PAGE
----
The Cape Leopard Trust - Using research as a tool for conservation & finding solutions to human-wildlife conflict
Thursday, 05 February 2015 05:24

The Working Dogs of Namaqualand

The Working Dogs of Namaqualand

The Namaqualand region of the Northern Cape is known to nature lovers and outdoor enthusiasts for spectacular displays of flowers in the spring season, when the famous and eye-catching Namaqua daisies are in full bloom. What is probably less known is that the area is one of the driest in South Africa, making this a harsh environment a significant part of the year, particularly for livestock farmers. Drought, disease, toxic plants and predators are some of the challenges that farmers face in this succulent biodiversity hotspot. A preliminary camera trapping survey carried out by the Cape Leopard Trust in 2008-2009 showed that leopards, caracals and black-backed jackals inhabit part of the region and discussions with farmers revealed that predation can be an important cause of livestock mortality in the area.

Recognising the need to minimise depredation while conserving biodiversity, SANParks (Namaqua National Park) started a successful Anatolian Dog Breeding Project (http://www.anatoliandogs.co.za/), distributing Anatolian dogs to farmers in Namaqualand and further afield. The presence of the Dog Breeding Project in Namaqualand was an ideal setting for starting a research project on the effectiveness of Anatolian dogs at protecting livestock from predators. The Anatolian dogs have been highly effective at protecting flocks against cheetahs in Namibia. In Namaqualand cheetahs do not exist anymore, but the presence of leopards, caracals and jackals would certainly challenge the guardian dogs. After a lengthy planning process, the Cape Leopard Trust and Conservation South Africa started a project to test the efficiency of Anatolian dogs as well as dog and Eco-Ranger combinations at protecting livestock. We are very fortunate to have SANParks onboard as a partner and 8 Anatolian puppies were donated to farmers in the study area as part of the research project.

The puppies were introduced to farms in July when they were 7 weeks old. Each puppy was allocated a small flock of 5 adult goats or sheep and 5 kids or lambs. The puppies spent the first couple of months in kraals located on participating farms, which enabled them to bond with the livestock. Now that they have gained sufficient strength and confidence the puppies and their small family of sheep or goats are making day excursions into small camps and return to the kraal at night. On some farms the dogs and small flock are accompanied by Eco-Rangers during their daily excursions. For the next couple of months the dogs and small flocks will return to the kraal at night until the dogs are ready to stay in the veld overnight. The Eco-Rangers return to their homestead in  the evening and reunite with the dogs in the morning to spend the day with the flocks.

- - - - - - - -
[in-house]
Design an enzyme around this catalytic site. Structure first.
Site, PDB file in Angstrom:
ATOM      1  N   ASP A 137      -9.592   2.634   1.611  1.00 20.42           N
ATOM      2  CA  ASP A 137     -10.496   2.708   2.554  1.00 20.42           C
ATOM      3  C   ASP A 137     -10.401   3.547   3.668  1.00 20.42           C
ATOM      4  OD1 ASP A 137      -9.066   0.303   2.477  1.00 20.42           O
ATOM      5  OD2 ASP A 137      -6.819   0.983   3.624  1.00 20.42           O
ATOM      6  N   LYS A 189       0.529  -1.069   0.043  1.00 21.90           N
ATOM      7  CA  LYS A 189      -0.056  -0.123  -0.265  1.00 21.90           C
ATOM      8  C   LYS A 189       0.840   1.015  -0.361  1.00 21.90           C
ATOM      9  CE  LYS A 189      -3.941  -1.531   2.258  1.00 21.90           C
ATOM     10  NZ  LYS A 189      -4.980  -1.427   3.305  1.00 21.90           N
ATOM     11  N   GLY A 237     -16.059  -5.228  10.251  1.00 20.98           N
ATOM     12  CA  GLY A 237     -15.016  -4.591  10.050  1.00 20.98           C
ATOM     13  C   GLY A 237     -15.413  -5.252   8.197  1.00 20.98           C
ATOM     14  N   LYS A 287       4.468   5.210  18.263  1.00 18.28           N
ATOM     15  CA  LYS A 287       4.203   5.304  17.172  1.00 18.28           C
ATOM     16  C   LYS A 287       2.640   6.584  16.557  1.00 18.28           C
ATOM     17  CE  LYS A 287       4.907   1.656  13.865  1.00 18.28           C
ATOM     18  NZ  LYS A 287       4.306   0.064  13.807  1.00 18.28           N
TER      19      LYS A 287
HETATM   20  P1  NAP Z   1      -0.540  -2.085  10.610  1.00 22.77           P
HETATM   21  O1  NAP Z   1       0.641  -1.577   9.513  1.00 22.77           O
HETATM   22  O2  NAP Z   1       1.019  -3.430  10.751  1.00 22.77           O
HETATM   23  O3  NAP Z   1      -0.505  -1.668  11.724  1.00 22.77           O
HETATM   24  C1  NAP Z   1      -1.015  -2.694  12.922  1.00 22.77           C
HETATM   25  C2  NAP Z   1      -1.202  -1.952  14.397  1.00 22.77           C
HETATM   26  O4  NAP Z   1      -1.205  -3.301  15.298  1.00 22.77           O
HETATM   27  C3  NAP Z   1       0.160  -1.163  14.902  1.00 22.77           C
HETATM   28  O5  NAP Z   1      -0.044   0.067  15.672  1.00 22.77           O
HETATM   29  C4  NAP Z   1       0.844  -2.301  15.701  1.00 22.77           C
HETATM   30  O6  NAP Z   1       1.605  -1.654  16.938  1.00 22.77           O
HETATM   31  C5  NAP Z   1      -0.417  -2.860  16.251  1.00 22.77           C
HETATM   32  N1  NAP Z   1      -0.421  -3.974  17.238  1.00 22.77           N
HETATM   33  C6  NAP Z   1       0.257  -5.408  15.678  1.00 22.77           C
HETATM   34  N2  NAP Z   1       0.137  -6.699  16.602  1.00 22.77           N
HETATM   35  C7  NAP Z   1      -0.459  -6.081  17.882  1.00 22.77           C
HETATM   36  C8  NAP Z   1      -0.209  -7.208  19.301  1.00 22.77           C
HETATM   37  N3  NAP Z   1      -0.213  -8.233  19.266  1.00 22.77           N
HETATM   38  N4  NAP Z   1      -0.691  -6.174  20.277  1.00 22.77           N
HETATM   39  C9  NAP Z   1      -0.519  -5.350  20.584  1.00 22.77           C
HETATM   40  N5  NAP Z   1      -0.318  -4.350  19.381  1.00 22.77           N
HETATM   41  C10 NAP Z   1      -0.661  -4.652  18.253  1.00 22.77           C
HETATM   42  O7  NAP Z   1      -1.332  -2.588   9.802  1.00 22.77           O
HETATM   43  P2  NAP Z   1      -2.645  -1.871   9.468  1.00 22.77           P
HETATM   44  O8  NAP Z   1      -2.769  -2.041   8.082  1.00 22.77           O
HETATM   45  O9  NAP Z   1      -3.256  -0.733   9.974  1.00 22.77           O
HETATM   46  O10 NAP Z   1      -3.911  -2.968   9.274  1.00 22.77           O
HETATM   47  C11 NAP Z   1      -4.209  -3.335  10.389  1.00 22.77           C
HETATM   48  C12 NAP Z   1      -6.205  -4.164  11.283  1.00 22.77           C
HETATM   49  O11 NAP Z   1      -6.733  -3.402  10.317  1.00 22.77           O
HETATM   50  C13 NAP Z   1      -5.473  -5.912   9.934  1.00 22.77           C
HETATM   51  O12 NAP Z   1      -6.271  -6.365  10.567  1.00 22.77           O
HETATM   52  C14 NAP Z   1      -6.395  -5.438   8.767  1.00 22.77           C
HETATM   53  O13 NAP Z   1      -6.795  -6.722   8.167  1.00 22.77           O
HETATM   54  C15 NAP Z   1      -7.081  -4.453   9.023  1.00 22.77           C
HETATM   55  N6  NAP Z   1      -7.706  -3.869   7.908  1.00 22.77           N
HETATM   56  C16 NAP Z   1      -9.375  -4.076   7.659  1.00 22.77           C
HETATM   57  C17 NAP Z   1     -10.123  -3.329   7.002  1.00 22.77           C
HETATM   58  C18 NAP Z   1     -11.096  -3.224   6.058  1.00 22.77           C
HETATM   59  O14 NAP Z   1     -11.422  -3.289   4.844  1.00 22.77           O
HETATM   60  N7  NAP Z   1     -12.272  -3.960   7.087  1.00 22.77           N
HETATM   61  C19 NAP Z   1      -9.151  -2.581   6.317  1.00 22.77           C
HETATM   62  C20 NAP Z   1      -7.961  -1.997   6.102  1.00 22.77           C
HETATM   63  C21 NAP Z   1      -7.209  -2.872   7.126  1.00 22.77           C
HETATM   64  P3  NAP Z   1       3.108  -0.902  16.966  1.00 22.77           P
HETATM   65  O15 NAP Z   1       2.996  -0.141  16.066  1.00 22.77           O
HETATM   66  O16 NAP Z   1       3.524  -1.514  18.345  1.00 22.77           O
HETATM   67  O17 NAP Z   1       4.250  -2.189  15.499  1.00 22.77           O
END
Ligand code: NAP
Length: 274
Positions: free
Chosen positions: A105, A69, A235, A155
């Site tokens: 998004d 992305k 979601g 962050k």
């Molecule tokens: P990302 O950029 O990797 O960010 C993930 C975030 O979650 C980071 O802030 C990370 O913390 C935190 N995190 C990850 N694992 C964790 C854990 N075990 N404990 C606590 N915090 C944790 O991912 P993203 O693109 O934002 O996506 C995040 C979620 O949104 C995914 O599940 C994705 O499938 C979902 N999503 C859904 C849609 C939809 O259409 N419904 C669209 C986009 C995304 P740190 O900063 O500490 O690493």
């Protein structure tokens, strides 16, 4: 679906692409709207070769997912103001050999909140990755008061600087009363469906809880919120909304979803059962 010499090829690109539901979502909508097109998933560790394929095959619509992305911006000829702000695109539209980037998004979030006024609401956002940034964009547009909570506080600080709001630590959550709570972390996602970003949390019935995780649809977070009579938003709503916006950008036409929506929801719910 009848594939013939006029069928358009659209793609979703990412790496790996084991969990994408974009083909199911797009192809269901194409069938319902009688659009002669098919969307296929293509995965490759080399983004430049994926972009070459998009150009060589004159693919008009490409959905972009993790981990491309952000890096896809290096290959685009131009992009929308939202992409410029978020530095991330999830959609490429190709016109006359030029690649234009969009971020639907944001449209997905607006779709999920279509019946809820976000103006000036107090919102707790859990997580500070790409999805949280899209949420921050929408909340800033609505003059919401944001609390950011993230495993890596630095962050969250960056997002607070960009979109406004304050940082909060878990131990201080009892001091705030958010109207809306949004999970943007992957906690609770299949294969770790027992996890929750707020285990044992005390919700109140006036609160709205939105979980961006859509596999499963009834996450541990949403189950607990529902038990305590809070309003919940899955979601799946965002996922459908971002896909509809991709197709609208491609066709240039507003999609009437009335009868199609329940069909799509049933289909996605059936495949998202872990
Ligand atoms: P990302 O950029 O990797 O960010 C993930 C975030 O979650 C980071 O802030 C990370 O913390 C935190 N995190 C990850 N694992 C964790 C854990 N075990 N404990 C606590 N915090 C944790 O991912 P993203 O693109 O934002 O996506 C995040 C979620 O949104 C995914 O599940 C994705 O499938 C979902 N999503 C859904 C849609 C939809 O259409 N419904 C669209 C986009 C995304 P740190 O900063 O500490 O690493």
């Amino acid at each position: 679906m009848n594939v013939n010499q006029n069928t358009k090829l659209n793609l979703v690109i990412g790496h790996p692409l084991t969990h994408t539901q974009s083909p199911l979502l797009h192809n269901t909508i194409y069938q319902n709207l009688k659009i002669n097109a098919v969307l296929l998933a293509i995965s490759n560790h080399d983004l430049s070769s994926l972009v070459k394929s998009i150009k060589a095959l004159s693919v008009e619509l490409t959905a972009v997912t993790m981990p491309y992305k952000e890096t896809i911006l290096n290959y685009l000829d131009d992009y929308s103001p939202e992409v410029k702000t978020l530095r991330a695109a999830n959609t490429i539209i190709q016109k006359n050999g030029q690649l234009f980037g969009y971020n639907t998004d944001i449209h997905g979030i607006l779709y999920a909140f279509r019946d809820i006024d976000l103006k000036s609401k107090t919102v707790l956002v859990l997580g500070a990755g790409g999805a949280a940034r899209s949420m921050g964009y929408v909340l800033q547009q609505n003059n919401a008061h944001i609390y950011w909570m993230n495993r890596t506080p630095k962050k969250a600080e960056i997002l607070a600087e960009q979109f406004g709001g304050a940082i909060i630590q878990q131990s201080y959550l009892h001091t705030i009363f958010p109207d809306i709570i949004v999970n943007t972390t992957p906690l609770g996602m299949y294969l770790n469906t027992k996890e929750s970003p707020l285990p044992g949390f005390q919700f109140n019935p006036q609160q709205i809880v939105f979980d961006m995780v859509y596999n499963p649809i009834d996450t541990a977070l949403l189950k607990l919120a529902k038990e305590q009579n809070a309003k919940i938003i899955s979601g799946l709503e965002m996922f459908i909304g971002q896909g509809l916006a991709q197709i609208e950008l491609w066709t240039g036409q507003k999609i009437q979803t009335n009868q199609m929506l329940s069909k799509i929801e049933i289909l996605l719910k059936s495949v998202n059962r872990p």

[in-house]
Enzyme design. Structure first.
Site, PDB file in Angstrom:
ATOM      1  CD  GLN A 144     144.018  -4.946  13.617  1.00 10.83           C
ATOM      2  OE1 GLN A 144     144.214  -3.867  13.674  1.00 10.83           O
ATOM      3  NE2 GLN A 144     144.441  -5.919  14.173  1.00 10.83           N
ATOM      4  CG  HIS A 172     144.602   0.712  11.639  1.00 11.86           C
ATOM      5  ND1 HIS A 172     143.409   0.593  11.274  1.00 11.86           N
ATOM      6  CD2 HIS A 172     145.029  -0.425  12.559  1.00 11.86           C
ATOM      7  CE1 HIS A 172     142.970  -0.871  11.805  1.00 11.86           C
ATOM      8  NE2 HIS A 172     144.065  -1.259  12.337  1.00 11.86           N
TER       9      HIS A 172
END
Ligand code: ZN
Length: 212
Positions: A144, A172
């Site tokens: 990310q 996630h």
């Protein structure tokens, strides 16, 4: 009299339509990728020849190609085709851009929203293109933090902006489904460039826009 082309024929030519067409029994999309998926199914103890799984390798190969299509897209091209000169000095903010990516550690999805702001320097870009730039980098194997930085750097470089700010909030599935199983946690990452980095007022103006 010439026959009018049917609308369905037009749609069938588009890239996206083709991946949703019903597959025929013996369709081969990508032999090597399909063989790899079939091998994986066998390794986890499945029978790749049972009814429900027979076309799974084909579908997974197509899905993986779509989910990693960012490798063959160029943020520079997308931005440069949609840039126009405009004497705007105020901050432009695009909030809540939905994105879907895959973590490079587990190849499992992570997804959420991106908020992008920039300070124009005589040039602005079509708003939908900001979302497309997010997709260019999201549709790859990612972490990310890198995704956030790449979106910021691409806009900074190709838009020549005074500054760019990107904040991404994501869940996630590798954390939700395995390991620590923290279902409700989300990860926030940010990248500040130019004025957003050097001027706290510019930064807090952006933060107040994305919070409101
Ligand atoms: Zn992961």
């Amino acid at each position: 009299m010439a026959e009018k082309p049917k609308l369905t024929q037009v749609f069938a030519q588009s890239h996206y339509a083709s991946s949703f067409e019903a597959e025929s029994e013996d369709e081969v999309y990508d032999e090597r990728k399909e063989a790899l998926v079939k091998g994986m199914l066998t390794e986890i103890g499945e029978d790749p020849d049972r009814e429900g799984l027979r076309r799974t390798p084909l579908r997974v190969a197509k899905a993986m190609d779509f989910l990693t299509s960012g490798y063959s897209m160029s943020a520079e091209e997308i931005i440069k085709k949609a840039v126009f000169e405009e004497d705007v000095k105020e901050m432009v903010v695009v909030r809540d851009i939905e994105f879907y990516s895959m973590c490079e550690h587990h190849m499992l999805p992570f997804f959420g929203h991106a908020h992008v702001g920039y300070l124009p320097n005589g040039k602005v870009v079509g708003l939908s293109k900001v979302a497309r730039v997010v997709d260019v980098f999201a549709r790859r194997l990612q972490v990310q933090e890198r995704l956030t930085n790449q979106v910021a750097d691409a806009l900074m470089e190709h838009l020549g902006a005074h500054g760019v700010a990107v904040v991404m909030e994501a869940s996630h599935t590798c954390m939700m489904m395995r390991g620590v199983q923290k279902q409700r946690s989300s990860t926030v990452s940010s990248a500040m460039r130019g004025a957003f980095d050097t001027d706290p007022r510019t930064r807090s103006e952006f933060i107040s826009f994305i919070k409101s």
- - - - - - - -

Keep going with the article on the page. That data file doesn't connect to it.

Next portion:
The puppies have integrated well with goat as well as sheep flocks, including Dorper and fat tail sheep, such as Damara and Meatmaster. In fact, puppies prefer to stay with the flock rather than greet people on foot or vehicles passing by. On some occasions they even barked at the strangers passing by their flocks! The next big steps for them and for the project will be for the dogs to bond with the rest of the flock, start using large camps and remain in the field at night. This is essential because on commercial farms the flocks are often not kraaled at night, which may make them more susceptible to predation. A major component of the project involves investigating predator ecology on commercial farms using camera traps, GPS collars on predators and predator diet analysis. This work is carried out simultaneously with the dog and Eco-Ranger timeline and will enable researchers to quantify predation levels with and without Eco-Rangers and guardian dogs.

Thus far we are excited to report that the puppies have adjusted well to their new livestock families and appear happy to explore small camps in the vicinity of the kraals. Tick bites have bothered a couple of the puppies and have required veterinarian attention, but prompt monitoring by the Eco-Rangers has gone a long way to help detect issues rapidly.

Thanks to a very generous donation from Nola and Foodcorp, dog food was provided in 2014 for our fast-growing Anatolian puppies. These are large dogs and still growing and gulping a lot of food, which is also now required for 2015 as the research project continues. If the dogs are successful at limiting livestock losses to predators on their own and/or in conjunction with Eco-Rangers, then this could be a potential solution to eliminating the need for other less environmentally friendly farmer management practices. As with any research based project we need support to continue with this valuable work. Please contact us via our website if you are able to offer support or input: http://predator-coexistence.squarespace.com

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The Cape Leopard Trust Trapping Techniques

icon no trapShort overview of three trapping methods considered by the Cape Leopard Trust as safe and humane: Cage traps, Foot loop traps or Foot snares, Soft-catch traps, References to relevant scientific literature.

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